Iraq says $4bn needed for new downstream oil investments

In this file photo Iraqi Oil Minister Jabar Ali Al-Luaibi speaks during a news conference in Basra, Iraq. (REUTERS)
Updated 13 February 2018
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Iraq says $4bn needed for new downstream oil investments

KUWAIT: Iraq needs $4 billion for new investments in its downstream oil industry, the country’s Oil Minister Jabar Al-Luaibi said on Tuesday, outlining plans to expand refining capacity over the next several years.
Speaking at a conference on reconstruction of the war-torn country, he also said Iraq planned to boost its crude oil production capacity to 7 million barrels per day by 2022, from 5 million bpd at present.
Luaibi said the downstream investment would lift refining capacity to 1.5 million bpd by 2021, with 500,000 bpd of that earmarked for export.
The increase in refining capacity would come from seven projects, some of them new and some involving expansion of existing refineries.
Some would be turnkey projects, in which contractors would hand over facilities to Iraq, while others would be build-operate-transfer deals in which private firms would receive concessions to operate facilities.


Deutsche Bank to cut over 7,000 jobs

Updated 24 May 2018
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Deutsche Bank to cut over 7,000 jobs

FRANKFURT: Deutsche Bank said on Thursday it will reduce global staff levels to well below 90,000 from the current 97,000, as part of a broad restructuring to reduce costs and restore profitability.

The bank said it would cut headcount by 25 percent in its equities sales and trading business following a review of the business.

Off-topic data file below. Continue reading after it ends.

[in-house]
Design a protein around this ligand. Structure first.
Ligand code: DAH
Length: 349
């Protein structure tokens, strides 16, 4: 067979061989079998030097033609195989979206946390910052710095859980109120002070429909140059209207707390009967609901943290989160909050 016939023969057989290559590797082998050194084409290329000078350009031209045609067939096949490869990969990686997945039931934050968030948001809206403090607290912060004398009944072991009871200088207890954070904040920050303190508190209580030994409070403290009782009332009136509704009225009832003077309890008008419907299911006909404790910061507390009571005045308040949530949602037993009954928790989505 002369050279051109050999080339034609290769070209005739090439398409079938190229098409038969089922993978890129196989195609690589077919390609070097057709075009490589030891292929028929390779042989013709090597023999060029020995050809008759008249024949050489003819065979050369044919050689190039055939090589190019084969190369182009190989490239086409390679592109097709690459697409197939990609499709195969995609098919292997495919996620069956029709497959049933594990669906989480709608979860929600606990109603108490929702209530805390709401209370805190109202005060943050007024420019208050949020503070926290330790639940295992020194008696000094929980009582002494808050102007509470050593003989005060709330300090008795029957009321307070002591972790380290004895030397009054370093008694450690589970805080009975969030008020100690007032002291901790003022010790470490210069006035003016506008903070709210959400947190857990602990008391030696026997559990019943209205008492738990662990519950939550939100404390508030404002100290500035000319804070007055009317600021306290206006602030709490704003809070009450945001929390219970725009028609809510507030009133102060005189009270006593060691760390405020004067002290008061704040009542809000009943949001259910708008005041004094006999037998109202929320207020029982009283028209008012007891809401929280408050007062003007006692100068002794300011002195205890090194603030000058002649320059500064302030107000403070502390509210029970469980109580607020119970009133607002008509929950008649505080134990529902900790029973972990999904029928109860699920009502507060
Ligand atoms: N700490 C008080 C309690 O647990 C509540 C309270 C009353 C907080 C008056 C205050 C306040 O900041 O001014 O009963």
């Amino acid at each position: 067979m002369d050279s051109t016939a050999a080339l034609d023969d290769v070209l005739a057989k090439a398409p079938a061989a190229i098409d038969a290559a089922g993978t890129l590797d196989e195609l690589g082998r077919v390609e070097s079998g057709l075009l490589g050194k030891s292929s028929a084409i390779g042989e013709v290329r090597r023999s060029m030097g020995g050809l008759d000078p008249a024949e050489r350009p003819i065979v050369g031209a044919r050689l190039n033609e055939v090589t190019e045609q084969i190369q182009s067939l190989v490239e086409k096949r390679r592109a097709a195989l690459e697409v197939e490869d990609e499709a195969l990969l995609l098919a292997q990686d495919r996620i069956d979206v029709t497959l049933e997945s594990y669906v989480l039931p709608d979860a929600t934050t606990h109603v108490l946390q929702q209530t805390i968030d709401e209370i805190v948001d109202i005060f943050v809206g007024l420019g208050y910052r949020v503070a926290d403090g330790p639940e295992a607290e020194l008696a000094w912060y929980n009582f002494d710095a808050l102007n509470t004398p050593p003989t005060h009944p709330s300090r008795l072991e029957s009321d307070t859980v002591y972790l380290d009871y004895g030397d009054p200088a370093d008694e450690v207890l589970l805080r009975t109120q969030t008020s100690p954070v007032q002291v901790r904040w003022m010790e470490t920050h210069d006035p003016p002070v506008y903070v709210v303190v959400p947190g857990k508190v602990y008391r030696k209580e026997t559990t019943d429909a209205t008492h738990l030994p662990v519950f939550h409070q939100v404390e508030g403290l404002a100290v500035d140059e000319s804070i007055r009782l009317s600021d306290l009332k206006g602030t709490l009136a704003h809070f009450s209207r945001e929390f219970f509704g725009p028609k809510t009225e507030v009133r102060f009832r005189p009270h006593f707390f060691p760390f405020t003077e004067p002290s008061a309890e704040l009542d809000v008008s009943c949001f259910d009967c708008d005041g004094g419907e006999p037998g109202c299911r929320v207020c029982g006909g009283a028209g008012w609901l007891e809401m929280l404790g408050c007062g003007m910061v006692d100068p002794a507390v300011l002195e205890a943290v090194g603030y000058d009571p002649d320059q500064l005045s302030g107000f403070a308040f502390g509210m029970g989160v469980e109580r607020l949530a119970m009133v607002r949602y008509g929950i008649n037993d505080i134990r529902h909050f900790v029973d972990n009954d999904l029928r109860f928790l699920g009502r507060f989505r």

The reductions will decrease the investment bank’s leverage exposure by €100 billion ($117 billion), or 10 percent, with most of the cuts to take place this year, Deutsche said.

“We remain committed to our Corporate & Investment Bank and our international presence – we are unwavering in that,” Chief Executive Officer Christian Sewing said in a statement.

“We are Europe’s alternative in the international financing and capital markets business. However, we must concentrate on what we truly do well.”

The details on the bank’s strategy come ahead of the bank’s annual general meeting on Thursday.

Shareholders, fed up with a languishing share price and dwindling revenues, said they would call on the bank’s management to speed up the recovery process at the AGM.

The loss-making bank said after an abrupt management reshuffle last month that it aimed to scale back its global investment bank and refocus on Europe and its home market after three consecutive years of losses. It had flagged cuts to US bond trading, equities, and the business that serves hedge funds.

Thursday’s shareholder meeting comes after months of turmoil for the lender, Germany’s largest.

Deutsche Bank Chairman Paul Achleitner last month abruptly replaced CEO John Cryan with Sewing amid investor complaints that the bank was falling behind in executing a turnaround plan.

Deutsche’s shares are down more than 31 percent so far this year.

The bank is also under pressure from credit ratings agencies. Standard & Poor’s is expected to say by the end of the month whether it will cut Deutsche Bank’s rating after putting it on “credit watch” in April.